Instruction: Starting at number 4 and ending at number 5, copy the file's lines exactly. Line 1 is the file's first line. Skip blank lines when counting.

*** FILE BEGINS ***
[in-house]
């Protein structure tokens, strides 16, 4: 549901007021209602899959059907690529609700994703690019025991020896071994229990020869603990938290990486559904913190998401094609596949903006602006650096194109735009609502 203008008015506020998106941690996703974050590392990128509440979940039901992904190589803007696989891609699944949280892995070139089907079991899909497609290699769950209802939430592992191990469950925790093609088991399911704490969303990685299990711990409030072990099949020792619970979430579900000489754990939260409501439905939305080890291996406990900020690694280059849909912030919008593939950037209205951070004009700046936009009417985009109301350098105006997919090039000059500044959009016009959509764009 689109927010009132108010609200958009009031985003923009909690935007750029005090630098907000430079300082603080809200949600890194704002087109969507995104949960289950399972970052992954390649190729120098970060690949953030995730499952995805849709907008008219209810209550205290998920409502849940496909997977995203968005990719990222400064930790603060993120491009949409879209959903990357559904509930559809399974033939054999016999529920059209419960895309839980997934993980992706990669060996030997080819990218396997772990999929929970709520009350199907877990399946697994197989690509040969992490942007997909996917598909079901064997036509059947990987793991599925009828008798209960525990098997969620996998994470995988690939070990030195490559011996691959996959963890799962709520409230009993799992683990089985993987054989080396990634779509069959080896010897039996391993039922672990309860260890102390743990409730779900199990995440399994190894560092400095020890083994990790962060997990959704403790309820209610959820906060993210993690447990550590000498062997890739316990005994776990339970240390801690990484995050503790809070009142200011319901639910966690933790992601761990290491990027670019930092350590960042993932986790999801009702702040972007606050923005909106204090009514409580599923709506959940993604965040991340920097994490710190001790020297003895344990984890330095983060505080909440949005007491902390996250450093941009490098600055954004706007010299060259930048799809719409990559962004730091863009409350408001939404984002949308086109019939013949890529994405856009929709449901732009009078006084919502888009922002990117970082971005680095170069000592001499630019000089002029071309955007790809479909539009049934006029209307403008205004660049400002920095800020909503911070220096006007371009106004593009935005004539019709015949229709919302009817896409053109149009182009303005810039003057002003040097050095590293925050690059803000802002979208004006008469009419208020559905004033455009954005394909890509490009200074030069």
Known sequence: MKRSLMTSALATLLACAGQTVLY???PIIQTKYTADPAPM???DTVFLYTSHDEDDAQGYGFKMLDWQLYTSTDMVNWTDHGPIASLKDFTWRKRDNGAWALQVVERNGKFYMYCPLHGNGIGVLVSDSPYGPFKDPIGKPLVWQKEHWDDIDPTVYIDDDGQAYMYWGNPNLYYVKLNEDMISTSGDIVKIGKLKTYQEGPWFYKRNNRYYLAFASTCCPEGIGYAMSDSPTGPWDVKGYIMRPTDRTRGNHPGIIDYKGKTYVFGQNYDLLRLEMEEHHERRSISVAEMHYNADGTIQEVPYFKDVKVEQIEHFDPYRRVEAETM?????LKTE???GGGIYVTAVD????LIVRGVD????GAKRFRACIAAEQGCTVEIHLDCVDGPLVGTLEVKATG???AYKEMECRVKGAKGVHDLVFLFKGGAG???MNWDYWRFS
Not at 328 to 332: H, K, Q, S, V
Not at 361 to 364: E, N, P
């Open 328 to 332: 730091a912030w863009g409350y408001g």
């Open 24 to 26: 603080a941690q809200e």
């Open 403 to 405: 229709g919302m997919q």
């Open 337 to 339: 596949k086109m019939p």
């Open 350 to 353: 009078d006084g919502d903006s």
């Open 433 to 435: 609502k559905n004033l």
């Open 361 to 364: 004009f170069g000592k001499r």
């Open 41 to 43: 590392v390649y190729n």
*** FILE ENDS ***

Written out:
Not at 328 to 332: H, K, Q, S, V
Not at 361 to 364: E, N, P